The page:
Glenn "Micro" Hall (IRL) has been busy lately. In addition to competing full time on the 2015 Championship Tour (CT), Hall has been playing cornerman to fellow CT competitors Sage Erickson (USA) and Matt Wilkinson (AUS) (also known as Wilko). Hall's enterprise is for-profit, but he says he gets a lot more out of it than money. During the J-Bay Open, he opened up about teaching the elite, balancing his career and coming up against one of his pupils in Round 1.
World Surf League (WSL): What led you to coaching?
Glenn Hall: I got into it a while ago with the groms back at home with a lot of potential. They're good kids so I just tried to help them improve and just stay on the right path toward achieving their goals. They're obviously good surfers in the water but then out of the water there's a lot to learn as well, like keeping a good head on your shoulders. That's how it started and then obviously it's evolved from there to bigger and better roles.
WSL: How did it come about that you started coaching Wilko?
GH: We've been traveling a lot together. We've been good friends forever since we grew up in the same area so we already had the relationship. We know each other so it wasn't like trying to find someone new in his corner, but finding that awkward balance between being friends and having a coaching relationship.
Wilko had a reality check since he almost fell off Tour.
Wilko had a reality check since he almost fell off Tour a couple years and he knows he's a lot better than that and obviously I do too. I had a little chat with him and told him, "Hey, you're better than that." He thought it was probably a good time to change his ways.
WSL: Does he ever try to take advantage of the fact that you're good friends? Does he push back?
GH: Wilko's really into it. He knows when I say, "Come on, let's go," he has to do something. He never backchats. He knows when it's time to go and listen. And it's good for me because I don't want to make it awkward. We've always been good mates and I said that from day one. I said, "The one thing I don't want to change is our friendship." We're both going into a role where you kind of have to wing it along the way and one thing I said was that we're going to stay good mates to the end of it all.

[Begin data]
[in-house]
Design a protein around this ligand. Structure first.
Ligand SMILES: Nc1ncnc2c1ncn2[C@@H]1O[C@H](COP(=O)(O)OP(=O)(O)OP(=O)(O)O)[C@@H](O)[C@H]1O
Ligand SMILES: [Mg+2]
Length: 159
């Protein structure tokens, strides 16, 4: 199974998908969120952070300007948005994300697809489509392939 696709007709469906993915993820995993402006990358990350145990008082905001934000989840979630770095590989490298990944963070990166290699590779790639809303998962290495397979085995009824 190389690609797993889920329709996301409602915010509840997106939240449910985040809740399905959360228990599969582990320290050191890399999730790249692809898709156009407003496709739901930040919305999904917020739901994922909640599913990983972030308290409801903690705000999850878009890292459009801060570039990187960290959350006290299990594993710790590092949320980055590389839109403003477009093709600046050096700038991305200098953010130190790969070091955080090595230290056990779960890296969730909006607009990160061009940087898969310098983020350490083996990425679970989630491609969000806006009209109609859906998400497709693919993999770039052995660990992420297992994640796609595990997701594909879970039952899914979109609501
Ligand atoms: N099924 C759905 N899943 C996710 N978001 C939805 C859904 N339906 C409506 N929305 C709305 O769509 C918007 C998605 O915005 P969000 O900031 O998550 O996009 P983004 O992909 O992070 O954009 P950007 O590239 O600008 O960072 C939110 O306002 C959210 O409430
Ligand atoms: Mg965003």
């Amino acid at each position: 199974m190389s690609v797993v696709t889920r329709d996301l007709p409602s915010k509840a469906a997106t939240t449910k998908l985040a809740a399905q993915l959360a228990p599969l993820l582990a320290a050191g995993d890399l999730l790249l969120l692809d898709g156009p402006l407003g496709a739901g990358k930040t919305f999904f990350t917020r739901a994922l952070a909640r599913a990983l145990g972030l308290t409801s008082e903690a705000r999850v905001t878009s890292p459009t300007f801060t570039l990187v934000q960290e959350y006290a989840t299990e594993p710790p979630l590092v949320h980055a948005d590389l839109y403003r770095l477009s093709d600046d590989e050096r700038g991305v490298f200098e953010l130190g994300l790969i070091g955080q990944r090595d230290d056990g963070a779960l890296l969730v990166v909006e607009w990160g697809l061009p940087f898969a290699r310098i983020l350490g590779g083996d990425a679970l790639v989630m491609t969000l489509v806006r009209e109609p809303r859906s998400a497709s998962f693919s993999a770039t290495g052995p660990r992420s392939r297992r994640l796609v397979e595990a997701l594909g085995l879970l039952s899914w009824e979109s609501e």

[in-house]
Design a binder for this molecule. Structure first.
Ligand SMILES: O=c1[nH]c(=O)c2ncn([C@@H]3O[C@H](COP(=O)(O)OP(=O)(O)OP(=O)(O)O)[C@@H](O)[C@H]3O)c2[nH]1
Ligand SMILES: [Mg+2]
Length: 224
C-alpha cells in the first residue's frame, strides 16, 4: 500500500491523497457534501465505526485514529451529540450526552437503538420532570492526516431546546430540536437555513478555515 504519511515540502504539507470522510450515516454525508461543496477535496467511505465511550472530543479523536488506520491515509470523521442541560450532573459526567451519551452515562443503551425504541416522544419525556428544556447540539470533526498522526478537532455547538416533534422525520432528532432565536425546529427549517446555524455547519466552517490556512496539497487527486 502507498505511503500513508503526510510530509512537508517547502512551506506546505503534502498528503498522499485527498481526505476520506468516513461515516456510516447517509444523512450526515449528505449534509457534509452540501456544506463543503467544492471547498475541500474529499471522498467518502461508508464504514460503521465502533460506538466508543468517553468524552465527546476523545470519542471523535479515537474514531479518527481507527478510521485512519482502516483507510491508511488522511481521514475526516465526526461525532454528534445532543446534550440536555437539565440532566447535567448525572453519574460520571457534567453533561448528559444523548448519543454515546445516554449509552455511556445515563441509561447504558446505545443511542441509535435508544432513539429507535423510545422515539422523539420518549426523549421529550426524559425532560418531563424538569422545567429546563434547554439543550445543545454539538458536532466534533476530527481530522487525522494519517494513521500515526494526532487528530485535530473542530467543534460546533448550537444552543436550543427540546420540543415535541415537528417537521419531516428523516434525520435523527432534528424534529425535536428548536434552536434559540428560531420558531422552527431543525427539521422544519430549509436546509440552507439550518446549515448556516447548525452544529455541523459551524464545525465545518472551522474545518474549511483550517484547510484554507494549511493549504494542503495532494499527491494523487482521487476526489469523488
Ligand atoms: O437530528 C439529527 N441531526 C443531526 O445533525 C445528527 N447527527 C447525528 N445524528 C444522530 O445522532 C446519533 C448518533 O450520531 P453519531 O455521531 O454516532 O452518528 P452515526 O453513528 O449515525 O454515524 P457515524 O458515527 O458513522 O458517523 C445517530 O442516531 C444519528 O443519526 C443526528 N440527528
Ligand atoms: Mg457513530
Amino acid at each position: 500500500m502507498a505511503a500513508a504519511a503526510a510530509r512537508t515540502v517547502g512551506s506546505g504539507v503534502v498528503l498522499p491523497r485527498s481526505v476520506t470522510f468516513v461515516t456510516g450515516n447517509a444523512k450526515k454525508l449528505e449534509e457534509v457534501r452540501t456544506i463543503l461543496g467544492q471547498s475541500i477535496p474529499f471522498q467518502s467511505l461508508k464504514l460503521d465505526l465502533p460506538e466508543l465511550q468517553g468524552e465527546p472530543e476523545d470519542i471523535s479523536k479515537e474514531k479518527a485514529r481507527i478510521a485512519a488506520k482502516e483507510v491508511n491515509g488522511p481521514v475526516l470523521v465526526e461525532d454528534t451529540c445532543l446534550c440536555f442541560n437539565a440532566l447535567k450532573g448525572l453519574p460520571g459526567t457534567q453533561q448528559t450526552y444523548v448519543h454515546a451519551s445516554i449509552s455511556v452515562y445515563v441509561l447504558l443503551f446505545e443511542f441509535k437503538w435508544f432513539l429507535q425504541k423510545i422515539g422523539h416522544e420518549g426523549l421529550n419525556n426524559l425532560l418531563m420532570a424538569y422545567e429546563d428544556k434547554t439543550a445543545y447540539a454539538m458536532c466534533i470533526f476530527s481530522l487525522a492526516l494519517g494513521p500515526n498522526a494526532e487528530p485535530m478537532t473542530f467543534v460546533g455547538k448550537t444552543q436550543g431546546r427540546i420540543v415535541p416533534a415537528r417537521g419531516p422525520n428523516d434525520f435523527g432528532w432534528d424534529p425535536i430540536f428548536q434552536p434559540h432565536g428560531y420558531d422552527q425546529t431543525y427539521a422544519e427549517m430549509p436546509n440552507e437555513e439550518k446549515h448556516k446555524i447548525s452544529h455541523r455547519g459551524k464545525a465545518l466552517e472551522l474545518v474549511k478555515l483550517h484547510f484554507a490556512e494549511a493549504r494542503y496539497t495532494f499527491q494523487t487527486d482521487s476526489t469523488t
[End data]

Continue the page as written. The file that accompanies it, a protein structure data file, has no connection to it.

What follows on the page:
WSL: What sort of advice do you give your pupils?
GH: As a professional surfer, one thing I'm really big on is balance. If you're going too far with the training every day and get too serious you might lose the fun in it and if you're having too much fun you're not going to do all the little things and you're not going to achieve as high as you can.
The other thing is to And surround yourself with good people. You're on the road a big chunk of the year so if you're uncomfortable with the people you're with you're going to end up counting down the days until you can go home. What we do, you have to adapt to being on the road. Over the years I've seen guys either with a crew that's going to bring them down, or they're miserable on tour and it's just a downward spiral from there.
[We found] that awkward balance between being friends and having a coaching relationship.
WSL: What do you get out of being a coach?
GH: When I don't have a sponsor it helps me get by financially, but I really enjoy it too. I have a passion for coaching and learning ways to improve. It keeps my mind on the game.
When the coaching came around I felt like I was benefitting from it as well. I look at things a bit closer because I've got someone else I'm giving the info to. It's a weird way to be but it's kinda of how it's turned out. When I'm thinking of things for Wilko I'm also thinking about them for myself.
WSL: Keeping any secrets to give yourself an edge?
GH: Nah. I can't have someone paying me and then not tell them everything.